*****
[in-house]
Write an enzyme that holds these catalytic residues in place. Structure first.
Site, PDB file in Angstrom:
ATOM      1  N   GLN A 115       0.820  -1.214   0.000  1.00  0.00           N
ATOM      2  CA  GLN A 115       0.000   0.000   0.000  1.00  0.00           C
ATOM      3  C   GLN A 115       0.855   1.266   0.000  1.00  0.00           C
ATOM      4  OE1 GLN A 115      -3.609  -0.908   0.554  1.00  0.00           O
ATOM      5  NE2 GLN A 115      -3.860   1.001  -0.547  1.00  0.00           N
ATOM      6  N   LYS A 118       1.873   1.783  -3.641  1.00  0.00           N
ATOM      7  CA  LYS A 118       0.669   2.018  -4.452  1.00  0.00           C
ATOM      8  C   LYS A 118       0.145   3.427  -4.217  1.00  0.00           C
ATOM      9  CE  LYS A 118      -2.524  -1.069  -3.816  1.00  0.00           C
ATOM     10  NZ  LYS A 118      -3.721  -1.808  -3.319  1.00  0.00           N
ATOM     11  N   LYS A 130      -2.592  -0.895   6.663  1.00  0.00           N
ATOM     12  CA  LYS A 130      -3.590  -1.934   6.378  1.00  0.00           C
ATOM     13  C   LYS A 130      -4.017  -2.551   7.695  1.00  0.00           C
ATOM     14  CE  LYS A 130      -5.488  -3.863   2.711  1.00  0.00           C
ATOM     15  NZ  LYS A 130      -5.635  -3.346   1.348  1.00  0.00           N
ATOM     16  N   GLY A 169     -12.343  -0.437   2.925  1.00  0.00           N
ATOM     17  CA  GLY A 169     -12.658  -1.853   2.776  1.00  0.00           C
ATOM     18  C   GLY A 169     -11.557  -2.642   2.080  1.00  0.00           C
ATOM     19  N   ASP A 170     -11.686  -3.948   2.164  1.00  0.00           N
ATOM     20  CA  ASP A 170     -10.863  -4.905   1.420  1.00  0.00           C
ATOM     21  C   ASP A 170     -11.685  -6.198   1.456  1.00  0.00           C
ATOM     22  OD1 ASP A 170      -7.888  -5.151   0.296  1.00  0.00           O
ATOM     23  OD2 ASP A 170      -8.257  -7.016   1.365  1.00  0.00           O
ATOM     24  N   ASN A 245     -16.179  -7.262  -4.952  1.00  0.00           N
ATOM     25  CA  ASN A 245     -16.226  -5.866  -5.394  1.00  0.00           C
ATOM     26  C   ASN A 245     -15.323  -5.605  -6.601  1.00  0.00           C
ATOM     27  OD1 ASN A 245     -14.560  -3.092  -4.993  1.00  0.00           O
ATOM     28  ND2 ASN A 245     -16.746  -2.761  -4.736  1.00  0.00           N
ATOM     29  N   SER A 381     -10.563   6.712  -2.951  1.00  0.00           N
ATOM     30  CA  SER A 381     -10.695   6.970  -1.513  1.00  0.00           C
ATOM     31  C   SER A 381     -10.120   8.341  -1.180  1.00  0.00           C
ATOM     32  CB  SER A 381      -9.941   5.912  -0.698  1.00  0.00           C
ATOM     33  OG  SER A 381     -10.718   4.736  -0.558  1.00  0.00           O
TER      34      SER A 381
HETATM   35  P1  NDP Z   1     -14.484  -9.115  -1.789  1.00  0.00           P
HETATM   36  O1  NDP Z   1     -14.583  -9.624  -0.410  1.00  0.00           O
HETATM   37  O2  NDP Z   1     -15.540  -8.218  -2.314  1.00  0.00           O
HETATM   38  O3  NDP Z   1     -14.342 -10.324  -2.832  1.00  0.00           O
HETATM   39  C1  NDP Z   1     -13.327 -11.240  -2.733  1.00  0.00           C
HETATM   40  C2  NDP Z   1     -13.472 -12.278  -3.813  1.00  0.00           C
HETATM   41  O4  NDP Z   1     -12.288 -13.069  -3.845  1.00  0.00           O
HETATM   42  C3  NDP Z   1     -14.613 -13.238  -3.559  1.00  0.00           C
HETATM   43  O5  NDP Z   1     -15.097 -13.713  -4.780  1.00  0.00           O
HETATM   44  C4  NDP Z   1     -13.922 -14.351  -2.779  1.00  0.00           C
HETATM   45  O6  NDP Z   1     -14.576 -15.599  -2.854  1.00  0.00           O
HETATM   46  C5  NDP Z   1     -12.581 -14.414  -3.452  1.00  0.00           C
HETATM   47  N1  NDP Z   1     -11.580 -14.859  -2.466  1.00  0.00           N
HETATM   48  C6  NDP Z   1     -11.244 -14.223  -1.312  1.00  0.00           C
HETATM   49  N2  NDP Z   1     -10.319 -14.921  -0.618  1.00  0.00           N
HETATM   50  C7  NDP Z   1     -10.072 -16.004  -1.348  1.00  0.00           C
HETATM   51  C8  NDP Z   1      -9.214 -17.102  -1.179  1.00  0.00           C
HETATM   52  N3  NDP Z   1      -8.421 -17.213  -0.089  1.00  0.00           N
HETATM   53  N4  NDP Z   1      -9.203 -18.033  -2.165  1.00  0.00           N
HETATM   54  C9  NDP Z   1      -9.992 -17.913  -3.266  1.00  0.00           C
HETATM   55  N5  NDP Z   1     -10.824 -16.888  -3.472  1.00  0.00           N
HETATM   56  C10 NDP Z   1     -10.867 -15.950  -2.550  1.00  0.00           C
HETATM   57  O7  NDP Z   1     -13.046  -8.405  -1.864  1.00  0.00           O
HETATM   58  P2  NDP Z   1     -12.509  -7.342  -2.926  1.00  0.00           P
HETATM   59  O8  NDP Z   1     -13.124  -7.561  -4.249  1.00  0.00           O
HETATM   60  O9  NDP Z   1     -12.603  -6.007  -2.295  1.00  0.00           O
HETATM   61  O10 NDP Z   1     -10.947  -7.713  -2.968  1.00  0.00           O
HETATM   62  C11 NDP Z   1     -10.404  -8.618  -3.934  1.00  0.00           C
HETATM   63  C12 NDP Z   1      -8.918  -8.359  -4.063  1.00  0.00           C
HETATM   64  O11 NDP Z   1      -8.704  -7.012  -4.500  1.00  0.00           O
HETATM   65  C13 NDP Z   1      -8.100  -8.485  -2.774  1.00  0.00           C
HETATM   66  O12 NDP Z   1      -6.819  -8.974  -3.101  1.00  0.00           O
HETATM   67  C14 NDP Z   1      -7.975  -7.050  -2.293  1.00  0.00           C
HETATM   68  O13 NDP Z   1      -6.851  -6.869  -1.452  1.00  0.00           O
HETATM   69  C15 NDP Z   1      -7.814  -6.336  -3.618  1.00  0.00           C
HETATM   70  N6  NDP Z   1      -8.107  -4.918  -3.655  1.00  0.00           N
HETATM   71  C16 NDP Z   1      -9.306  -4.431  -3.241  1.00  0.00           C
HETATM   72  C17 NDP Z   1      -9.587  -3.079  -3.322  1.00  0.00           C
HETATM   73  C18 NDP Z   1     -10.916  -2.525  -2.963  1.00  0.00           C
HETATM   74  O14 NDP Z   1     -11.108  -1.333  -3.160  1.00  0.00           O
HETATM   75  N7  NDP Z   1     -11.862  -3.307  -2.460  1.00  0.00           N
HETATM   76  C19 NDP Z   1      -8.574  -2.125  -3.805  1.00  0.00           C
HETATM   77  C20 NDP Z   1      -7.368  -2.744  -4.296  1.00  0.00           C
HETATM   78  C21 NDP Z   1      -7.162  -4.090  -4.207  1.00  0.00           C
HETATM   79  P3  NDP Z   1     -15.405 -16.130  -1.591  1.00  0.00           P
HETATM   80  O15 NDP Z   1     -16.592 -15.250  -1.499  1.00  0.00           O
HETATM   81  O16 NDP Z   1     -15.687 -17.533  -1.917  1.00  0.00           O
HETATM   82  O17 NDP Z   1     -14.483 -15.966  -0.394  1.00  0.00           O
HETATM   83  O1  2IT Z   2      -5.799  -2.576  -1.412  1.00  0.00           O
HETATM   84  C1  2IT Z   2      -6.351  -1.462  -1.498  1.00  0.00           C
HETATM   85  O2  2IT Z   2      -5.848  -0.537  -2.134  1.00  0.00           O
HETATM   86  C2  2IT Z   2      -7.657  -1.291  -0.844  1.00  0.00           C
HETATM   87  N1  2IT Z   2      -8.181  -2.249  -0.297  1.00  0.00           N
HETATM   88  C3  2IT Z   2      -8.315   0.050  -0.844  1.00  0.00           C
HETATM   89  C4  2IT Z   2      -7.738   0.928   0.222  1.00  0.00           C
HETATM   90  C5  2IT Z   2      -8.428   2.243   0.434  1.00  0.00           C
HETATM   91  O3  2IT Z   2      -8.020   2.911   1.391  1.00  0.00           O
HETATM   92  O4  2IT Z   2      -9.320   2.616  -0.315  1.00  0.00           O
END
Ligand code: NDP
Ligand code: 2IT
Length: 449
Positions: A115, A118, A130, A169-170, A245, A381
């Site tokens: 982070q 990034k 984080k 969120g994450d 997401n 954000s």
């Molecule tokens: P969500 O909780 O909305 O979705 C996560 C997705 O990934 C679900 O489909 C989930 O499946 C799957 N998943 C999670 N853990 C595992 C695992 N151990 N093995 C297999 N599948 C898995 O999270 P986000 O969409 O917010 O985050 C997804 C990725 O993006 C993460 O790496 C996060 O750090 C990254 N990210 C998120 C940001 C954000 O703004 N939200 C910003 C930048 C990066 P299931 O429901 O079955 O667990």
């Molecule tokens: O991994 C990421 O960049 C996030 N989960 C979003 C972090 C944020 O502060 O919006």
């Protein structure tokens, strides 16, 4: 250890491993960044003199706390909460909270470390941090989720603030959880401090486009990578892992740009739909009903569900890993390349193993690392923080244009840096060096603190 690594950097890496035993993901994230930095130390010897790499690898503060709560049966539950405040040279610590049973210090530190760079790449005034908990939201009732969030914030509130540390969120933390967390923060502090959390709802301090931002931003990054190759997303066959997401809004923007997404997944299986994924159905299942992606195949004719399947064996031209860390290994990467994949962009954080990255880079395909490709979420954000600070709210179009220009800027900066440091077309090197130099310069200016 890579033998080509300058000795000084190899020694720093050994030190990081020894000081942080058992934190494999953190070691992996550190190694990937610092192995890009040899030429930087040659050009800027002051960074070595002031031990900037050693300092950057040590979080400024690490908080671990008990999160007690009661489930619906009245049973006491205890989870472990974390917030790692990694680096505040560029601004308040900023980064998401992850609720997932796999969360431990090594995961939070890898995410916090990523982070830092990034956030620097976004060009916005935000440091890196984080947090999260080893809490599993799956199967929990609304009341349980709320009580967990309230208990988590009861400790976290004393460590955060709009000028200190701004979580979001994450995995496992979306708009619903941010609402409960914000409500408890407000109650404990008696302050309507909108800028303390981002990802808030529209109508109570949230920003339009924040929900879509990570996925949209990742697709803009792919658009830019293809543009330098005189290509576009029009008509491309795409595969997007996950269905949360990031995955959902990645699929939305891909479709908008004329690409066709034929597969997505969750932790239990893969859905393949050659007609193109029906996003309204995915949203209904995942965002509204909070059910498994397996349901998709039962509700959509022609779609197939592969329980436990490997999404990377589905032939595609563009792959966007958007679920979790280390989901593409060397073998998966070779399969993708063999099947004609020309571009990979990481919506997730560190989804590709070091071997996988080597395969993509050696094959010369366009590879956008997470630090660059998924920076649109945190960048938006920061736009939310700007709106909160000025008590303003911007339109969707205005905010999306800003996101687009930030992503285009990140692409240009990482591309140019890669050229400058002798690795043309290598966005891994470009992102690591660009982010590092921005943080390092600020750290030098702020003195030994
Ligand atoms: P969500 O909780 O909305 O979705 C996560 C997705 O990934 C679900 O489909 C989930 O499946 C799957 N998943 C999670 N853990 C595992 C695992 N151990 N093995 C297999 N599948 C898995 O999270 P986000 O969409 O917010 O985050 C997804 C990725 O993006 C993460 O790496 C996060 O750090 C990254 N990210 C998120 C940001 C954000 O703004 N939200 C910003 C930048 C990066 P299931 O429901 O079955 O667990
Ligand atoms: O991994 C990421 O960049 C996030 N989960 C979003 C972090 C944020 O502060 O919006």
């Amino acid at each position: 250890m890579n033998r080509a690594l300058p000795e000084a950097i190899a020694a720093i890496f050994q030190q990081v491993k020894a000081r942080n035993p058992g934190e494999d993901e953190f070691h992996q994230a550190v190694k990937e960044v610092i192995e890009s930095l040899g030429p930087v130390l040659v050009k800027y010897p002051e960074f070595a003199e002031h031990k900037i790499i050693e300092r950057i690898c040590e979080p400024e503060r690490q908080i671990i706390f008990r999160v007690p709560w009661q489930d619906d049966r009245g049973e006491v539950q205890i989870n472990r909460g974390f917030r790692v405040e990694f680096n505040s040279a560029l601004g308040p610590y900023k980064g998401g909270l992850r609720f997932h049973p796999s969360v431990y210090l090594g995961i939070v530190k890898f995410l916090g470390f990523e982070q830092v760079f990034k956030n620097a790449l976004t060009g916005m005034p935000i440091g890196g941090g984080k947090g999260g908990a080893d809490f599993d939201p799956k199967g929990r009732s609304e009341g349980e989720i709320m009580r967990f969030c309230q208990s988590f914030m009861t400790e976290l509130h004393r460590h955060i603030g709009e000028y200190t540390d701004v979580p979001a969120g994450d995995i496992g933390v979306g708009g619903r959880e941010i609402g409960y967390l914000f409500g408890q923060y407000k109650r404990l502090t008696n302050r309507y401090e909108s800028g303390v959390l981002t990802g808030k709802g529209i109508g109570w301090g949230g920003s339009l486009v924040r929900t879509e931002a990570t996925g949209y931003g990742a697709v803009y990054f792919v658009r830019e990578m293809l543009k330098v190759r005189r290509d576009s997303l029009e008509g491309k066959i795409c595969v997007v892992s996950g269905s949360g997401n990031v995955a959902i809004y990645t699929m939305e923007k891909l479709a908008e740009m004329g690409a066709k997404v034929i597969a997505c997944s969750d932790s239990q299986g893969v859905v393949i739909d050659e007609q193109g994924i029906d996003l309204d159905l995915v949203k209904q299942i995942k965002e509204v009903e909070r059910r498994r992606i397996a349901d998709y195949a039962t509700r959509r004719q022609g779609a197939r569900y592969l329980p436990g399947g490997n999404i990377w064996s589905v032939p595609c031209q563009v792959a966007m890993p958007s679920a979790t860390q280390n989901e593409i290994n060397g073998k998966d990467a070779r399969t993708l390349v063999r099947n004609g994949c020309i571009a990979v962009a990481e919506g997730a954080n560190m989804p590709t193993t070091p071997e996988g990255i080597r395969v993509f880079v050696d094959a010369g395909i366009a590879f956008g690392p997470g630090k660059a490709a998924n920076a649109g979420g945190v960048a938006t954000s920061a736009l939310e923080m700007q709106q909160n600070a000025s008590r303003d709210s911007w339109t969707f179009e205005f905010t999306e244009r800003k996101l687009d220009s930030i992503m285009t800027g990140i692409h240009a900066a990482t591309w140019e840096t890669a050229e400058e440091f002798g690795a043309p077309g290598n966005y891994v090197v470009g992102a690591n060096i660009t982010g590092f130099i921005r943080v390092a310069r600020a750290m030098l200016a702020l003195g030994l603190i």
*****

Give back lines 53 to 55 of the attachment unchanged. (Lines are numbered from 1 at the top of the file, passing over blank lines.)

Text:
HETATM   50  C7  NDP Z   1     -10.072 -16.004  -1.348  1.00  0.00           C
HETATM   51  C8  NDP Z   1      -9.214 -17.102  -1.179  1.00  0.00           C
HETATM   52  N3  NDP Z   1      -8.421 -17.213  -0.089  1.00  0.00           N